Day archives: June 18th, 2006

A Cup of Creativi-tea: How To Enhance Your Next Meeting

Terri Wilson is a solo librarian at the law firm of Underwood, Wilson, Berry, Stein, and Johnson, PC in Amarillo, Texas. She has a BFA in Theatre from Eastern New Mexico University, an MFA in Theatre from Texas Tech University, and an MS in Library & Information Science from the University of North Texas. Prior to becoming a law librarian, Terri was a paraprofessional for six years in the reference department of the University Library at Texas Tech. And prior to that, she explored a cornucopia of employment positions while a laboring as a struggling actor (emphasis on the struggling part). Terri has recently started a blog for creative ideas for librarians.

A Cup of Creativi-tea: How To Enhance Your Next Meeting

by Terri Wilson

Published June 18, 2006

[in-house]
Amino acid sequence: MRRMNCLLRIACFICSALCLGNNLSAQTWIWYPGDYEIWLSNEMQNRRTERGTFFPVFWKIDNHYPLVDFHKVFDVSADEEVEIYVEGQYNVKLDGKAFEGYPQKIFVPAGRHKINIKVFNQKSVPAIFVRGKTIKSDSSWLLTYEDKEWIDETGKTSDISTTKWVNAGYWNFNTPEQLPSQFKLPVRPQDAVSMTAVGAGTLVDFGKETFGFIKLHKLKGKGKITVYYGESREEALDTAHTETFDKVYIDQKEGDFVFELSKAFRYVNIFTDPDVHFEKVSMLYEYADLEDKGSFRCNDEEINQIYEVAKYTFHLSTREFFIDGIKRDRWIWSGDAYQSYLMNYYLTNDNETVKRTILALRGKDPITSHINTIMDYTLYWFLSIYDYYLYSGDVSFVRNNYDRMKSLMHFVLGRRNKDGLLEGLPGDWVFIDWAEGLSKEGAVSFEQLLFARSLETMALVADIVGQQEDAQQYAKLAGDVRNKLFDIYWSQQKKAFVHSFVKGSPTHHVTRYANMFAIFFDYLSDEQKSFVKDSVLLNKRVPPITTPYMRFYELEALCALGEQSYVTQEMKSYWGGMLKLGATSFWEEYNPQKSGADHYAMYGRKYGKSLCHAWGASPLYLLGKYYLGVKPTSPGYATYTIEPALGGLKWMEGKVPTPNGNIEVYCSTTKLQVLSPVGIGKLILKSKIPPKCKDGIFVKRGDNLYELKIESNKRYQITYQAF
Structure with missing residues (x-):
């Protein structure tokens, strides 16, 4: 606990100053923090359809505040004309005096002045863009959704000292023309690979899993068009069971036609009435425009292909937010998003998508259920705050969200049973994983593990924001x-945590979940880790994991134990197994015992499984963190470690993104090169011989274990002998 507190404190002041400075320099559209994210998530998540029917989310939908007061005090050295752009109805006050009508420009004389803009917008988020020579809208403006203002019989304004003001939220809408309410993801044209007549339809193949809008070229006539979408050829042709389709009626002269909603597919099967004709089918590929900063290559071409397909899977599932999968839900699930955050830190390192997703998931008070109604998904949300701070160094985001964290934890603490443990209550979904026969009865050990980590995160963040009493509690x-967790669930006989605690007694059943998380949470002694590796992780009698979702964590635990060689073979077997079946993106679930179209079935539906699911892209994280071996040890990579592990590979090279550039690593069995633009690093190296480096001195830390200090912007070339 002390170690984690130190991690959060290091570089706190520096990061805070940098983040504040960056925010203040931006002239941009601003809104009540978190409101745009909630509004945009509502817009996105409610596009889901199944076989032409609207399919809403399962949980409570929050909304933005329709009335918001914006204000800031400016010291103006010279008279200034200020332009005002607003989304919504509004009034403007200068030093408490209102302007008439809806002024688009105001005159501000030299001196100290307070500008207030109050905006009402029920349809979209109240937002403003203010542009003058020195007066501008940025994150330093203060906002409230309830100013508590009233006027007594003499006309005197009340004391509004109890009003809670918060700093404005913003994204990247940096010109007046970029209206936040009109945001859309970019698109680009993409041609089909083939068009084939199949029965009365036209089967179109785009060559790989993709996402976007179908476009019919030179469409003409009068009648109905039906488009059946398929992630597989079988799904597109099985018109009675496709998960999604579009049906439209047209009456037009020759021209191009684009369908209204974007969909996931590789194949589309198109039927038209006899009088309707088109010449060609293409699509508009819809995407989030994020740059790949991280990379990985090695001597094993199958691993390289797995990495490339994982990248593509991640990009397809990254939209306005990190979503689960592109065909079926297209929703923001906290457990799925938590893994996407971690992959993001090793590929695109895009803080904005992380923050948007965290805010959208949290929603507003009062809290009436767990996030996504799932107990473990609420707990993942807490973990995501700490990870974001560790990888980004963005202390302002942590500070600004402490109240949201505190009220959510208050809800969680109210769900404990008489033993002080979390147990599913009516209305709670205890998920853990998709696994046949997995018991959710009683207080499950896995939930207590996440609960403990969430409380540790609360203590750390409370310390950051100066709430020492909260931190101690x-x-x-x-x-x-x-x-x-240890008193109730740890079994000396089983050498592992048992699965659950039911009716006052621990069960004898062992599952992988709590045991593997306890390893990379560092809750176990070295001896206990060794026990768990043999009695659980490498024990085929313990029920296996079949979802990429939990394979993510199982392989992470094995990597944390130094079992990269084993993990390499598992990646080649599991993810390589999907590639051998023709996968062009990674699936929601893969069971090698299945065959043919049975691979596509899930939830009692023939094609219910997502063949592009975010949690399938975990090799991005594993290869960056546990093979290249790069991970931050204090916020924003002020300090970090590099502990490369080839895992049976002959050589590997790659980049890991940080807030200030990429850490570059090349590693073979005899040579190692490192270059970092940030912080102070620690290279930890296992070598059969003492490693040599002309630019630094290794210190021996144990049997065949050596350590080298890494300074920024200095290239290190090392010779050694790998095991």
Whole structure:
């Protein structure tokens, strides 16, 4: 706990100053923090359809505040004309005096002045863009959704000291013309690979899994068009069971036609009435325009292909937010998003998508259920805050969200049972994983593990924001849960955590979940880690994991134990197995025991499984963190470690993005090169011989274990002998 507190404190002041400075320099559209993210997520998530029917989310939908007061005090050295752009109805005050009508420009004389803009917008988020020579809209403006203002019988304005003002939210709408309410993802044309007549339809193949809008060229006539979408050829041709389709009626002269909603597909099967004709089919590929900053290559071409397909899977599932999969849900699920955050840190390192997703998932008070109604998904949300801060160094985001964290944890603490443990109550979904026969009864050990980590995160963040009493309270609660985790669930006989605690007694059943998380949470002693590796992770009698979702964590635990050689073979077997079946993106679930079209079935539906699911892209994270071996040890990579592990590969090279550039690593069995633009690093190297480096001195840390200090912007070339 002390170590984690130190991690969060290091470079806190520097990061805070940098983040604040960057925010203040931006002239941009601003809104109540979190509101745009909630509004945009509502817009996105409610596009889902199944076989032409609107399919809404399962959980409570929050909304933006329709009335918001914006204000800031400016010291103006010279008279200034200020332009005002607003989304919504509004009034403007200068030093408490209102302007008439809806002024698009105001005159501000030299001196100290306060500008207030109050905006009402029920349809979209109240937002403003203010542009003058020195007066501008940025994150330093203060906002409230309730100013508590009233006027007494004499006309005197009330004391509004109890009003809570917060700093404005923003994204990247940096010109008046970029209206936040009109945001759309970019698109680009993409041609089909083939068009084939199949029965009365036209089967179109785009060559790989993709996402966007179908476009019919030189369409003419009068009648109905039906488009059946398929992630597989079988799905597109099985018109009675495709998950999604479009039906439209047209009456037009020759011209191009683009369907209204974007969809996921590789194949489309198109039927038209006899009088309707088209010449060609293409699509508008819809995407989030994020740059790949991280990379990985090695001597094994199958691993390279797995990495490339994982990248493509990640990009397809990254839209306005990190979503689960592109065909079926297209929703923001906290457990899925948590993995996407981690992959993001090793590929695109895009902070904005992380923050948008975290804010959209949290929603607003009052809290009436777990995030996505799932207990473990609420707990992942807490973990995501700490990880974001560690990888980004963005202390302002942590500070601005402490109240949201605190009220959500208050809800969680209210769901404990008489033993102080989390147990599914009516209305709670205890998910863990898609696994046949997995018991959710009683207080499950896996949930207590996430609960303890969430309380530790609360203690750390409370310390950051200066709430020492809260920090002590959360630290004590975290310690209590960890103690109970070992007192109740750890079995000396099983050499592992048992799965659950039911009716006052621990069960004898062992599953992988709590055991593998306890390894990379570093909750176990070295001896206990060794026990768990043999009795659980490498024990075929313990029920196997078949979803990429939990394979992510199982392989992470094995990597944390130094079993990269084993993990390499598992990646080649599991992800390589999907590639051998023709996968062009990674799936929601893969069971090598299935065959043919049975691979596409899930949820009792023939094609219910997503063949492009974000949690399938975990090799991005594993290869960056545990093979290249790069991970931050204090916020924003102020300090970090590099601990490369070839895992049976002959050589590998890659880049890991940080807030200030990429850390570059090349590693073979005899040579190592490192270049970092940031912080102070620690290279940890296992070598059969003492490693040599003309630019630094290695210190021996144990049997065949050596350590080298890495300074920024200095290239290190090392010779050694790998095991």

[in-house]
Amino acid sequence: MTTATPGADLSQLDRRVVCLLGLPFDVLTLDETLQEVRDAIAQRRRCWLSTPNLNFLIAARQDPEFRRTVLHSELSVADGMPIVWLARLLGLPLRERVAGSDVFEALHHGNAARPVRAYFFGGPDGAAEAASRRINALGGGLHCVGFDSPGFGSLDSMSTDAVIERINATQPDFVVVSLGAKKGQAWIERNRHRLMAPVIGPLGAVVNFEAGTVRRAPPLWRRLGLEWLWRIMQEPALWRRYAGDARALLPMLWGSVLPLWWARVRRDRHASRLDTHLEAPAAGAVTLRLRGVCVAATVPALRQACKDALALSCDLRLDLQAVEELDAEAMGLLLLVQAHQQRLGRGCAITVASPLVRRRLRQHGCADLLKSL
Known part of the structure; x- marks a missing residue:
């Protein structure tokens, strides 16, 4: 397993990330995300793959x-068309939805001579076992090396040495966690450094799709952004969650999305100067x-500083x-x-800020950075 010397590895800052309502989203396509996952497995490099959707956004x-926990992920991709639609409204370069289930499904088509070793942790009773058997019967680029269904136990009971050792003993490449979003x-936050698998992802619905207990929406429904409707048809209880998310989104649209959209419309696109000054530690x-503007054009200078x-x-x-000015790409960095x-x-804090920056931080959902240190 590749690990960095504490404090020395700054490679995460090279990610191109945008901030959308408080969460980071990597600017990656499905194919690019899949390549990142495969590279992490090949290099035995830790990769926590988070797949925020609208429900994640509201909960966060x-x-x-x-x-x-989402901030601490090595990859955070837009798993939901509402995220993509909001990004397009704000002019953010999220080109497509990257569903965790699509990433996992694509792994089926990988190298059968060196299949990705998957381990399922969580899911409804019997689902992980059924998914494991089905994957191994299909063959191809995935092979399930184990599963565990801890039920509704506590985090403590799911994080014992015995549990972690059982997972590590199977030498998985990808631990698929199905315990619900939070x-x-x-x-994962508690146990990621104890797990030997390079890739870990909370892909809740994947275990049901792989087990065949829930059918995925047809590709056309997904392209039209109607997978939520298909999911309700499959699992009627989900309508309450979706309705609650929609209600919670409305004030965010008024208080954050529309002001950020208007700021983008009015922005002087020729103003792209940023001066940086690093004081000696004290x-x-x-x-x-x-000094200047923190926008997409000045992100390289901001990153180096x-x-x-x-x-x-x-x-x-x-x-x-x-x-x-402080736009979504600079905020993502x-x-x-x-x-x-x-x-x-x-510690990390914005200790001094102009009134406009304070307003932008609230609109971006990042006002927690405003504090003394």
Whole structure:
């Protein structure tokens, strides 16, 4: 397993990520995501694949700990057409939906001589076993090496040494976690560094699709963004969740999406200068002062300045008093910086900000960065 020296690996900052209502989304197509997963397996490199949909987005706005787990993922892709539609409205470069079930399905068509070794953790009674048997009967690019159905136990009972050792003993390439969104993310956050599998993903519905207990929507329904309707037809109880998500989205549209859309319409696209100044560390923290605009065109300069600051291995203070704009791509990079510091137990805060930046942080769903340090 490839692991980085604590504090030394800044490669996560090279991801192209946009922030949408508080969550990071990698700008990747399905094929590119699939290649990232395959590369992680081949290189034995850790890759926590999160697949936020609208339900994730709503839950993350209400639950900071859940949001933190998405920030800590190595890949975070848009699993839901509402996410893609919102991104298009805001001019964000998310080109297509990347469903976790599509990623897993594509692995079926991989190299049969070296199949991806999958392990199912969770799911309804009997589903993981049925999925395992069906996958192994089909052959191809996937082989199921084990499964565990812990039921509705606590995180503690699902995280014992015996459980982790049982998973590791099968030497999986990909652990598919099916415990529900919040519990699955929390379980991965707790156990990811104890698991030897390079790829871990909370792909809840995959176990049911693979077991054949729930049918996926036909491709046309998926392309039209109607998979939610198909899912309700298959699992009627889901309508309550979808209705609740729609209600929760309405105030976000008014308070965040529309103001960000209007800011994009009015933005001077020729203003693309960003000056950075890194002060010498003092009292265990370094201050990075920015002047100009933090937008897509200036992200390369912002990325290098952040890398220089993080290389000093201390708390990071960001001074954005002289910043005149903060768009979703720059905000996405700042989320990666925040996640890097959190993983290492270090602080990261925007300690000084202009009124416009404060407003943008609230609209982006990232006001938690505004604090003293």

We’ve all been in those meetings where it was a constant fight to stay awake until the bitter end. We’ve all run those meetings where a request for input was met by the chirping of crickets. “Bueller? Bueller?”* But it doesn’t have to be like this. With the exception of the strictly information dissemination meeting, people meet in order to exchange ideas, work on projects, plan strategies, and the like. In other words, meetings are meant to involve active participation. Tapping into participants’ creativity can make these meetings more productive, and dare I say it, maybe even enjoyable. As every actor knows, you have to have the right props. Starting with a comfortable room. (Ok, that’s more of a set, not a prop, but let’s not ruin my metaphor.) If you have a choice, be picky about your meeting room. Some seem to be continually climate-challenged, ranging from sub-arctic temperatures to stagnant swamps of heat. Some are cramped and some have the most uncomfortable chairs in the building. Ideally, you want an appropriately sized room for the number of people who are meeting, that has a reasonably controlled thermostat, and comfortable chairs. It would be even better if the seating was informal, such as couches and armchairs. But if you’re restricted to standard business furniture, at least try to configure the room so that people are sitting in a circle or square, either around a table or not. Avoid the long table with the chairperson at the head or, worse yet, classroom seating with everyone in neat little rows and the chairperson at the front of the room. The less formal you make the setting, the more likely your participants will be to open up their minds and “play” a little. Now the props. It may sound hokey, and you may even have laughed that sarcastic little laugh the first time someone brought these to a meeting, but toys, snacks, and brightly colored writing implements jumpstart people’s creativity in no time flat. A basket full of simple dollar store toys will suffice. Puttys, clays, spongy balls, and blocks can keep hands busy while the wheels in their heads are turning. Stay away from any toys that make sound, puzzle toys that are too engrossing, or balls that will spend half their time rolling onto the floor and across the room and create more distraction than innovation. Snacks need to be simple as well. Bite sized candies and crackers are good, as well as raisins or nuts. Have a variety so that those with a sweet tooth and those who can’t or won’t indulge in sugary treats will have something from which to choose. And last but not least, for us rabid doodlers, crayons or colored pencils or markers. The colors stimulate the imagination, and you may even see people start to visualize their ideas on paper before they offer them vocally to the group. To further stamp your meeting as open to creative minds, consider starting off with an icebreaker. It could be a creativity exercise like everyone writing down and then sharing the top ten places in the world they would visit if money was no object. Or a competition of who can draw the fastest stick figure house with the winner getting to keep one of the toys on the table. An icebreaker can help loosen everyone up and encourages people to forget about the events of the day and get into the groove of the meeting. These examples presuppose that you are the one leading the meeting. If you’re not and you have a comfortable relationship with the person who is, share these suggestions with him or her and offer to help set things up. If you don’t feel that you can influence the way the meeting is run, then bring something to the meeting for yourself. A squishy ball or a bright marker can help you keep yourself engaged. And who knows. You might even start a trend. A creative one. *Ferris Bueller’s Day Off. Dir. John Hughes. Perf. Matthew Broderick. Paramount Pictures, 1986.